Bad Smartphone UX Costs Millions: Google and e-point Audit

Online shops lose 231 million euros in revenue if smartphone users have a poor mobile experience. A joint study carried out by Google and e-point confirmed that slow, incorrectly designed websites can have a serious impact on companies’ financial results.

Most Polish e-commerce customers are smartphone users. This is backed up by Polish search engine stats: in 2021, Google recorded twice as many mobile searches as desktop searches. This trend is stable, and the number of mobile Internet users is still growing.

Currently in Poland, 70% of buyers decide not to complete their mobile shopping experience; eliminating barriers to smartphone usage – i.e. improving the user experience, or UX – could significantly increase revenue.

"On average, a Polish user is engaged in seven shopping processes at the same time. We are multitaskers. We shop online at the bus stop and while queuing at the post office, but we usually do not finish the purchase. Why not? Because we are scared off by bad experiences and barriers that appear during the shopping process. "

Michał Protasiuk

Google Polska

Key Findings

  • European online shops lost and estimated 231 million EUR due to incorrect mobile website adaptation. Of this, approximately 222 million would have been spent on electronic goods.
  • This joint study analyzed the impact of more than 1,100 UX and website performance recommendations on the business outcomes of 50 small and medium Polish e-commerce shops.
  • Implementing UX improvements increases conversions by an average of 3.3 percent.
  • Companies that did not implement any improvements saw a 6.2% average decrease in conversions.
  • Implementing mobile website recommendations increases site performance (speed) by 11 percent.
  • Companies that did not implement any improvements saw a 4% average decrease in conversions.

Interestingly, sellers themselves admit that the smartphone conversion rate – the percentage of customers who start and finish the shopping process – is approximately 50% lower than for desktop users. Google estimates that the lost revenue is due to barriers connected with bad mobile user experience. These barriers are the result of poor mobile adaptations of e-commerce websites, e.g. problems with the display of product information, offer comparison, excessive scrolling, etc.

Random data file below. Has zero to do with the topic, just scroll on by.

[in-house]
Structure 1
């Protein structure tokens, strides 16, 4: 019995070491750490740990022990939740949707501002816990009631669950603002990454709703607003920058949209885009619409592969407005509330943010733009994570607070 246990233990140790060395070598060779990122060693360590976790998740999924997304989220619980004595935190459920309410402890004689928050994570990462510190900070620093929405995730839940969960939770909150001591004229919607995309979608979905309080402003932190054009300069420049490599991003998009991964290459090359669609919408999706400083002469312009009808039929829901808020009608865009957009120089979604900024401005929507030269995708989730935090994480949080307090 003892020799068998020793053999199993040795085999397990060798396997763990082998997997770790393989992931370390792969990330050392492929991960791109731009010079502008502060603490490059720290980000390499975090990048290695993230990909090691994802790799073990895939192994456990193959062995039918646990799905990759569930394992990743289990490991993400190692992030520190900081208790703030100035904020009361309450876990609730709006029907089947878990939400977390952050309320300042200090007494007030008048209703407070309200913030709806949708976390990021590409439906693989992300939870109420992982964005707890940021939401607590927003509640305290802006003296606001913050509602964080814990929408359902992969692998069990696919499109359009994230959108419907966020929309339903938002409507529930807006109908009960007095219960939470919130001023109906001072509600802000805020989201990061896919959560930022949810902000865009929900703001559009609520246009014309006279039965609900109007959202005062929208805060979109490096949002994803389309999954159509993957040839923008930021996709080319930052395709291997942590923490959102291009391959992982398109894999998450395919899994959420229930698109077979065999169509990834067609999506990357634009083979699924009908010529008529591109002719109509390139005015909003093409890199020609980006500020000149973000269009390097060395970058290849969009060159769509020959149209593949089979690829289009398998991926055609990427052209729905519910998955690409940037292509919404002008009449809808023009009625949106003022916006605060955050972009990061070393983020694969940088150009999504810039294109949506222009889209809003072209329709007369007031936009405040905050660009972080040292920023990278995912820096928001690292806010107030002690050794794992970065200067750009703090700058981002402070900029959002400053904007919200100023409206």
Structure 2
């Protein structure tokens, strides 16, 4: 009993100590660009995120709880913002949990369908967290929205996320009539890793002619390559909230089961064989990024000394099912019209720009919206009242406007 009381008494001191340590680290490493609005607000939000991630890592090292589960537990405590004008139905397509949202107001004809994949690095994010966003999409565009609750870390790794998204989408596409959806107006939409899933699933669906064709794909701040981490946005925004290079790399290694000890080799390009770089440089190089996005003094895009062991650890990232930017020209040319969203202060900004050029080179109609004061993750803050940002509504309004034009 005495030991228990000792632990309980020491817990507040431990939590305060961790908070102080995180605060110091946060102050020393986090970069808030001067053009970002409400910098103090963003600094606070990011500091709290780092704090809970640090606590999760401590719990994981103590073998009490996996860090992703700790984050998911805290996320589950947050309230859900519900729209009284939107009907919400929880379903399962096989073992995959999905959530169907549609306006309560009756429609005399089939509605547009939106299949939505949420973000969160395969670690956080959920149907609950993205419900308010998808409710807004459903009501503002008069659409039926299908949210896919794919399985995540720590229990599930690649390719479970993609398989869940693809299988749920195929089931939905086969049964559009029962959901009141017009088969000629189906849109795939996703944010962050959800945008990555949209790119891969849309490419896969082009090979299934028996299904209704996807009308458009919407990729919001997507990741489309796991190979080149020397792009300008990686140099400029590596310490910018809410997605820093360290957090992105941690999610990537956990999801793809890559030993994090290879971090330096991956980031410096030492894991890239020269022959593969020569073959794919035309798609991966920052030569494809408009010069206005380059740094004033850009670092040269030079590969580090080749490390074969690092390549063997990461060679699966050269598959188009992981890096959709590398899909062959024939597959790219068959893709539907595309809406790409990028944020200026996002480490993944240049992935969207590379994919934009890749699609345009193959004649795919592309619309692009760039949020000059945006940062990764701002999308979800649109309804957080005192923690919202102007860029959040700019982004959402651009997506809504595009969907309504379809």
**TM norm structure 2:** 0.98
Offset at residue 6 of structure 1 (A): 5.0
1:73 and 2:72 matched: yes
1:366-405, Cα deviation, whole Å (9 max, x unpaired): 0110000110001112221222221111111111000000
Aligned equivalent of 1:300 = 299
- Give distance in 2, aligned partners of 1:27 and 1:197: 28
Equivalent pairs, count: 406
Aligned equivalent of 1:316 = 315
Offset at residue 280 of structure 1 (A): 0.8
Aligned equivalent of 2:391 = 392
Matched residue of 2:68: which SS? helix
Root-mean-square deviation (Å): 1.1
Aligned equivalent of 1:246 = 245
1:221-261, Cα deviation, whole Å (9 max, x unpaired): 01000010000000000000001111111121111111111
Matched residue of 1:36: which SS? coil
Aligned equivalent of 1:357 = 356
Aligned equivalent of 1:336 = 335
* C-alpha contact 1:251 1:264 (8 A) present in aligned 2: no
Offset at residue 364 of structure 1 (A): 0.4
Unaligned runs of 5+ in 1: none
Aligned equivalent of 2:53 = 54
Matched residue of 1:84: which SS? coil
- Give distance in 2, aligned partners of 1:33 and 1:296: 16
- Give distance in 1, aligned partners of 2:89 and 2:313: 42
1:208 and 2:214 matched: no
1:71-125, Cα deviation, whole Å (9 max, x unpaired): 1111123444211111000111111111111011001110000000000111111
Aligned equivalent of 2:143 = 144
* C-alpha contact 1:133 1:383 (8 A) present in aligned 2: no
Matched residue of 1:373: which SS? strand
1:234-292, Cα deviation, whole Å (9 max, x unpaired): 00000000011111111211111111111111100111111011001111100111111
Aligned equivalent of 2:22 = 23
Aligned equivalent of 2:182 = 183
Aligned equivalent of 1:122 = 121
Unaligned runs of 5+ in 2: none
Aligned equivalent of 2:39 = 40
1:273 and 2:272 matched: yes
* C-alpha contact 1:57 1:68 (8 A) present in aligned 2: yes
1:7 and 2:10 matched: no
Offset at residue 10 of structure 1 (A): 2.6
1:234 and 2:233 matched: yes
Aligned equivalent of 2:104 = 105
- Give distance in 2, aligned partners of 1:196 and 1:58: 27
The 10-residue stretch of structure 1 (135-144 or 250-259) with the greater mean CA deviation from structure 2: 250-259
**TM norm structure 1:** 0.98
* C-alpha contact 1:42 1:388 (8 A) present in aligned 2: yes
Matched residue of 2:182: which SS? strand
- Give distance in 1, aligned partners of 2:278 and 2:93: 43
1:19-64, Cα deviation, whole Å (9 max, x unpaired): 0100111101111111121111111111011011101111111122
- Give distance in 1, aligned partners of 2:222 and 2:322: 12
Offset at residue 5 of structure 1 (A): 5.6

"In the e-commerce sector, the lost money can either go to other sellers or the customer may simply abandon their purchase altogether. Even a single second of delay may lead to an abandoned cart; 91% of customers admit they leave the website if it loads too slowly."

Piotr Kowalski

Senior Analytical Consultant


Recommendations for Site Owners

This joint study resulted in over 1,100 UX and mobile site recommendations, 25% of which have been or are in the process of being implemented.

Orange Polska is a great example of how much a company can gain from improving site performance. It changed the front-end of its website to a much faster version, resulting in a 52% increase in conversions. One of the key elements of the company's success was the thorough analysis of the relationship between the number of conversions and website loading time. Reducing the website loading time resulted in significant sales growth. In short, a fast mobile website sells better and sells more.

"The contemporary smartphone user is busy and distracted, and they expect the mobile version of the shop to be fast and efficient. We took part in this project because we wanted to analyze how, from the technological point of view, we could help Polish companies operate faster and more efficiently. So it’s worth spending time and money on website design and technology to scale sales and achieve tangible business benefits."

Michał Szklarski

Board Member

e-point Mobile

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Research Methodology

We analyzed two typical online store scenarios. The first scenario was to find a product in the Google search engine, go to the product page, add the product to the cart, and make the purchase. The second scenario involved visiting the shop’s home page, searching for a product, and making a purchase. We used a 58-point checklist of mobile UX best practices to gauge ease of use. This checklist was developed by Google and leading research institutes; it includes guidance on things like button and text sizes, product images, and adapting to the smaller screens of mobile devices.

The mobile speed study included three Core Web Vitals: the time needed for the content to appear on the screen, the visual stability of the text during page loading, and the response time to user actions. For this, we used anonymous statistical data from hundreds of thousands of Polish mobile Chrome users and special laboratory tests. After getting the results, the companies received a report with recommendations on how to improve their site’s mobile performance and user experience. Company representatives also participated in status meetings, which helped them to implement the recommendations and understand the impact on their business results.

After finishing the project, we estimated an average conversion rate for smartphones for the period before the presentation of the results of the audit and after the last status meeting that ended the project. Out of the group of 50 companies, we chose those that implemented at least one recommendation concerning UX or website speed and we compared them to the companies that did not introduce any recommendations.